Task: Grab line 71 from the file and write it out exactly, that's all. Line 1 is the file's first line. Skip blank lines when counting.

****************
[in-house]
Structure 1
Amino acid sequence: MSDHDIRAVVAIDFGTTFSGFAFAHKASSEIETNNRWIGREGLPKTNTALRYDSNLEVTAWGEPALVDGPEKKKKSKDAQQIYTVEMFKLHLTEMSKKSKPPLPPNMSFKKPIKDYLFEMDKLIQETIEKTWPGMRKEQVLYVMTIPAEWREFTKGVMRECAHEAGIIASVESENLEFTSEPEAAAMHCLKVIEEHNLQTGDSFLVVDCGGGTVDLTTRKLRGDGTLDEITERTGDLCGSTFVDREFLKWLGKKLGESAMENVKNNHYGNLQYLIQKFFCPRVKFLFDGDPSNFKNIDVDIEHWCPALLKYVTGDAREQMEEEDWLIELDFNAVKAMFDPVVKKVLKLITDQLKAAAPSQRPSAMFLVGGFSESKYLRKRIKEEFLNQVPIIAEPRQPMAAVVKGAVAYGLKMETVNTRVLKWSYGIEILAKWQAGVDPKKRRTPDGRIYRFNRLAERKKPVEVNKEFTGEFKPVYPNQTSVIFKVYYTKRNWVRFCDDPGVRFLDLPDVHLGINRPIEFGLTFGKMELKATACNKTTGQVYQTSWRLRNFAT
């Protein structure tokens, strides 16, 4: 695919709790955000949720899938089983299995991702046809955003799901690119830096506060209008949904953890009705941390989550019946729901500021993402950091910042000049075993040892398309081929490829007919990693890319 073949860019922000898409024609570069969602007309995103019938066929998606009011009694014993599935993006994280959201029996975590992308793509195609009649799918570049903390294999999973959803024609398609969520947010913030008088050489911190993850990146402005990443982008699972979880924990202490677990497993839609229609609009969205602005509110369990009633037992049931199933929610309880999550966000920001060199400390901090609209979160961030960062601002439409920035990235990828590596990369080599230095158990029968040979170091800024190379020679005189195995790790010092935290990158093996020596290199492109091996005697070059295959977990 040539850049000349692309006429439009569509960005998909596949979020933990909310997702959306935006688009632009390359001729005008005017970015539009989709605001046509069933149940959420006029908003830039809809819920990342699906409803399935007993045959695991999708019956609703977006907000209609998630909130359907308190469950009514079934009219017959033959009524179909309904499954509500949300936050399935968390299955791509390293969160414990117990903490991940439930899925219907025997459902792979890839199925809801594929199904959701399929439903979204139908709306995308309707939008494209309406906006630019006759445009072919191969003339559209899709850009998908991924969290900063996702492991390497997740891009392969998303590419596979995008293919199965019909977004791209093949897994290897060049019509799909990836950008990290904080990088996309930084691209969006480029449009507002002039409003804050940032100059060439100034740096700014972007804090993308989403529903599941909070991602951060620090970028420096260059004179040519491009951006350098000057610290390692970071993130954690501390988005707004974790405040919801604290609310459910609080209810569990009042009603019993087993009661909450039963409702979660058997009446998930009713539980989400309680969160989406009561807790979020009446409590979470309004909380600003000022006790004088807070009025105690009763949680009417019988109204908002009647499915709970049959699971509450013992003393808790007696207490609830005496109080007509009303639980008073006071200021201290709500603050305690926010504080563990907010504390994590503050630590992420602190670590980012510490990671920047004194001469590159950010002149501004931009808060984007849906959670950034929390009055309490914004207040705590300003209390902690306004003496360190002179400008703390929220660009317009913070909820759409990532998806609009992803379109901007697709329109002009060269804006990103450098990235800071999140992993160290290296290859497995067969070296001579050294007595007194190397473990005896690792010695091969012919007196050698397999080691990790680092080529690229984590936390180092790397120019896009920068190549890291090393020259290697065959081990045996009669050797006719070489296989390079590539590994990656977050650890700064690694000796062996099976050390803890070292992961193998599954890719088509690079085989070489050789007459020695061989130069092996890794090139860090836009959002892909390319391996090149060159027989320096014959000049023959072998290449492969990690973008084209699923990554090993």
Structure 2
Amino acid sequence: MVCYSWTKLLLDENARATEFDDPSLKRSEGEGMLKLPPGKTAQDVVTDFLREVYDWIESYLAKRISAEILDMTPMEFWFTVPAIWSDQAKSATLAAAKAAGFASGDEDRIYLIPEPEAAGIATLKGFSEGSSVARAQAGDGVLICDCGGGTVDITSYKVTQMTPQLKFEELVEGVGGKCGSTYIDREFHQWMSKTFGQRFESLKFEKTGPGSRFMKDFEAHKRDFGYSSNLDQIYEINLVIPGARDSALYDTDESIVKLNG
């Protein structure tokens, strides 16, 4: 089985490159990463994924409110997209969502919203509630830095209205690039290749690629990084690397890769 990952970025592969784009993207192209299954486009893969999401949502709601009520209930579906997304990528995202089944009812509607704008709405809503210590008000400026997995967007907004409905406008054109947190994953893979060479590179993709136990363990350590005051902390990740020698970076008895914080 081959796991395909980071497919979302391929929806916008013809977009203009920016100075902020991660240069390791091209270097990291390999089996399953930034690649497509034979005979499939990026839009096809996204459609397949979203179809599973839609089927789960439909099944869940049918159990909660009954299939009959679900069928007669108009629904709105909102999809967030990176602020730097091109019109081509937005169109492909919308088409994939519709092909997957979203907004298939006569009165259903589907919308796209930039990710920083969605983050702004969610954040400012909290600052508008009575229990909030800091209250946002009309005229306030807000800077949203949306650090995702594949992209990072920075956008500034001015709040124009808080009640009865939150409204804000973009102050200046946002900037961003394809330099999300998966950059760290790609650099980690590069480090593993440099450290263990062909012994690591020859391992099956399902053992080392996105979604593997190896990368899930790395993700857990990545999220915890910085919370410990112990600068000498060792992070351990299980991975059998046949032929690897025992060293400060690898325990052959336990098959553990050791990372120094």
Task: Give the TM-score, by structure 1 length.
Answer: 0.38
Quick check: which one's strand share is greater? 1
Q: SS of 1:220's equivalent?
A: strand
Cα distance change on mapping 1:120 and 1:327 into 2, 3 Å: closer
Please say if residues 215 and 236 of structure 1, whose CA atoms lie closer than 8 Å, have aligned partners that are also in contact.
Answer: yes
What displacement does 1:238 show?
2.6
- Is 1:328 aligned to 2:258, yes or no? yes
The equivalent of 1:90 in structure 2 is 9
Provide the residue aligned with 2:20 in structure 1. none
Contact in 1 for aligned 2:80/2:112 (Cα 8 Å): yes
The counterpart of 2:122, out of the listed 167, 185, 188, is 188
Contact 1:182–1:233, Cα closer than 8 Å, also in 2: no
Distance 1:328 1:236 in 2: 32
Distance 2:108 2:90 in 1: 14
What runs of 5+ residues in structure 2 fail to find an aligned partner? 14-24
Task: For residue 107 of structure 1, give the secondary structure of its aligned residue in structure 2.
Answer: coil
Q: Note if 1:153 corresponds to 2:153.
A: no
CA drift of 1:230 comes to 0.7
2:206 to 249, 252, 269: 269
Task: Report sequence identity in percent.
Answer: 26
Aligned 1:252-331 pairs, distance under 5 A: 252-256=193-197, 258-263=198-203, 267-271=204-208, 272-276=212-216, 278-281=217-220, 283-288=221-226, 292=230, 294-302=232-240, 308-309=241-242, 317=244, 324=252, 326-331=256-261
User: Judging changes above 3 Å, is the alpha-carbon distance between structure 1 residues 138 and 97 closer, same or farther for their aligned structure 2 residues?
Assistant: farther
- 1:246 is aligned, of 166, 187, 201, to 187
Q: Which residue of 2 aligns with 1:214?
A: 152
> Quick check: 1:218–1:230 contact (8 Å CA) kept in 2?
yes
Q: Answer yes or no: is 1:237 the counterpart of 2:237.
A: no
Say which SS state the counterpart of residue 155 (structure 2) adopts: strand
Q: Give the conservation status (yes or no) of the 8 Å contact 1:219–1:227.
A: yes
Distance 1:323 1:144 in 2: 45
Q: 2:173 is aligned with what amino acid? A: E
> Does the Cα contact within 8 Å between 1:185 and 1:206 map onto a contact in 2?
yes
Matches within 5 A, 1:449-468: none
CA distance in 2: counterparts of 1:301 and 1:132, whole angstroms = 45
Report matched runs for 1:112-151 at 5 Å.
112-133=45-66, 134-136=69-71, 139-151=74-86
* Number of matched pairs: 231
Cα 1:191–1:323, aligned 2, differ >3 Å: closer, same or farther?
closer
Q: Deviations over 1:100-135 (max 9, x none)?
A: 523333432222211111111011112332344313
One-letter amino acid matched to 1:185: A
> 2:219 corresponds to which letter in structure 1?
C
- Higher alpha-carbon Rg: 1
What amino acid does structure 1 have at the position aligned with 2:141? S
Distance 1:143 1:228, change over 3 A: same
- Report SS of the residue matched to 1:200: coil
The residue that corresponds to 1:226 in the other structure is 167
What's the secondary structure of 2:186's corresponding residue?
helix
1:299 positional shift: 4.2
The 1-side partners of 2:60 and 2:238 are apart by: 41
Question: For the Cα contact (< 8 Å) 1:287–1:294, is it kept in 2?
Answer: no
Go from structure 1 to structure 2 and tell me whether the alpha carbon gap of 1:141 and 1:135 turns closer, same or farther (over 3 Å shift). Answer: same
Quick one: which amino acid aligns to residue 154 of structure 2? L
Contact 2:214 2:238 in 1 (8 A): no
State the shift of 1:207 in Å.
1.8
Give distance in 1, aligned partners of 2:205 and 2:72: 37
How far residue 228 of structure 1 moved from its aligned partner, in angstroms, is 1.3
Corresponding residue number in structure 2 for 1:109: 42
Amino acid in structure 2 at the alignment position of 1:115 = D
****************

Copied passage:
1:299 positional shift: 4.2